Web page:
Batteries are everywhere in today’s hyperconnected electrically propelled society.
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What if your electric car could travel 1000 miles on a single charge, charge in 10 minutes, and last for 1 million miles?
Today just about every electric car uses lithium ion batteries. They’re pretty good, but ultimately are heavy and have long charging times for the amount of energy they can store.
According to Elon Musk, battery modules are the main limiting factor in electric vehicle life. In 2019 he said the Tesla Model 3 drive unit is rated for 1 million miles, but the battery isn’t as long lasting.
To handle the predicted demand explosion for electric vehicles over the coming decades, we’ll need to create a breakthrough battery that is cheaper, longer lasting, more durable, and more efficient. We must also address the issues of political and environmental sustainability to ensure batteries remain tenable in an increasingly electric future.
Over 80% of world’s lithium deposits are found in China, and current technology also relies heavily on cobalt, an element mostly found in the Democratic Republic of Congo.
After Tesla’s recent battery day, where Elon Musk announced a larger, tabless 4680 battery cell with improved energy density, greater ease of manufacturing, and lower cost. The world’s attention is now more focused on batteries than ever before, but Tesla isn’t the only show in town.
Lithium air batteries. Metal air batteries have been around for a while. You might find a little zinc air button cell in a hearing aid, for example, but scaled up aluminum and lithium air chemistries are also promising for the automotive and aerospace industries. The potential for lightweight batteries with high energy storage makes this battery technology promising. Lithium air batteries could have a maximum theoretical specific energy of 3,460 W h/kg , almost 10 times more than lithium ion. NASA researchers have also been investigating lithium air batteries for use in aircraft.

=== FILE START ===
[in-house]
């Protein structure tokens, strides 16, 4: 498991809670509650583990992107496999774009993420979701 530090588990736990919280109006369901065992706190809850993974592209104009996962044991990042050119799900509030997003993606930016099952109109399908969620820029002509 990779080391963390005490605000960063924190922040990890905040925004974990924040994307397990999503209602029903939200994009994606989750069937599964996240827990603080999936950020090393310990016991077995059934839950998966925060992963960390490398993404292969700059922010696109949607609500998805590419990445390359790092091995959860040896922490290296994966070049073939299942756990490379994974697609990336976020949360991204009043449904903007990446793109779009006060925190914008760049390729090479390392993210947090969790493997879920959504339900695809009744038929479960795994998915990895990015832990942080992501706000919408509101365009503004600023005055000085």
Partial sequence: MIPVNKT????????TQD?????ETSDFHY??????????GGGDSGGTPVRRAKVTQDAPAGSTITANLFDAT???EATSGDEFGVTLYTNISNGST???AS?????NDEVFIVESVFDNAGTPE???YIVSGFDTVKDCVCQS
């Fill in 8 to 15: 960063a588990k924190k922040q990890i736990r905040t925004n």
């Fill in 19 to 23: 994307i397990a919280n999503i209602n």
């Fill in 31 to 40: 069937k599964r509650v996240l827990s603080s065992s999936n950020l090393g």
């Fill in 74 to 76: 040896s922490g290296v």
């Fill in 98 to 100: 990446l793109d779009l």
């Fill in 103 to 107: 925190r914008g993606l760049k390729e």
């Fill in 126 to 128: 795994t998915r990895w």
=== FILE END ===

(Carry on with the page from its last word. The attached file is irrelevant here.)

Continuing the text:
Nanotech Batteries. Nanotechnology has been a buzzword for several decades, but is now finding applications in everything from nanoelectronics to biomedical engineering, and body armor to extra-slippery clothing irons. Nanomaterials make use of particles and structures 1-100 nanometers in size, essentially one size up from the molecular scale. Carbon nanostructures also show great promise. Graphene is one of the most exciting of these. Amprius go one stage further with their anodes of ‘100% silicon nanowire’. The maker claims that they can achieve 500 Wh/kg which is in the range suitable for enabling electric aircraft in partnership with Airbus. Nanomaterial research is promising
Lithium sulphur batteries are one emerging technology that can offer greatly improved energy densities compared to lithium-ion. The theoretical maximum specific energy of this chemistry is 2,567 Wh/kg compared to lithium ion’s 350 Wh/kg maximum.
Solid state electrolytes. A common theme in emerging technologies so far has been researchers’ desire to develop solid state electrolytes. These would replace flammable organic liquids with stable, crystalline or glassy-state solids, or polymer-base. It is hoped that using these solid electrolytes would enable the use of metallic lithium electrodes to provide higher output voltages and allow for increased energy density. Panasonic have also been looking into solid state electrolytes. It is notable that Tesla have been partnered with Panasonic in their existing lithium-ion manufacturing capacity, but it is Toyota who have publicly announced their collaboration with Panasonic to develop next generation solid state batteries.
Samsung too are working on solid state batteries.
Dual carbon batteries. Two carbon electrodes and a non-toxic electrolyte with the ability to extract more power than from conventional lithium ion, and their ability to charge 20 times faster, and these lithium-ion variants could be the future for electric vehicles.
Better batteries are also important for the advancement of stationary storage from renewable energy sources such as solar power. Tesla is also making headway into this sector, with products like the powerwall home battery, and powerpack commercial energy storage products.
The technologies discussed in this video could have huge implications on different battery powered transportation options besides just electric cars. Imagine the potential in everything from electric bikes to electric scooters and electric boats to electric airplanes. Consumer electronics also stand to experience vast improvements in battery life in devices such as smart phones, laptops, cameras, and more. The future is electric!
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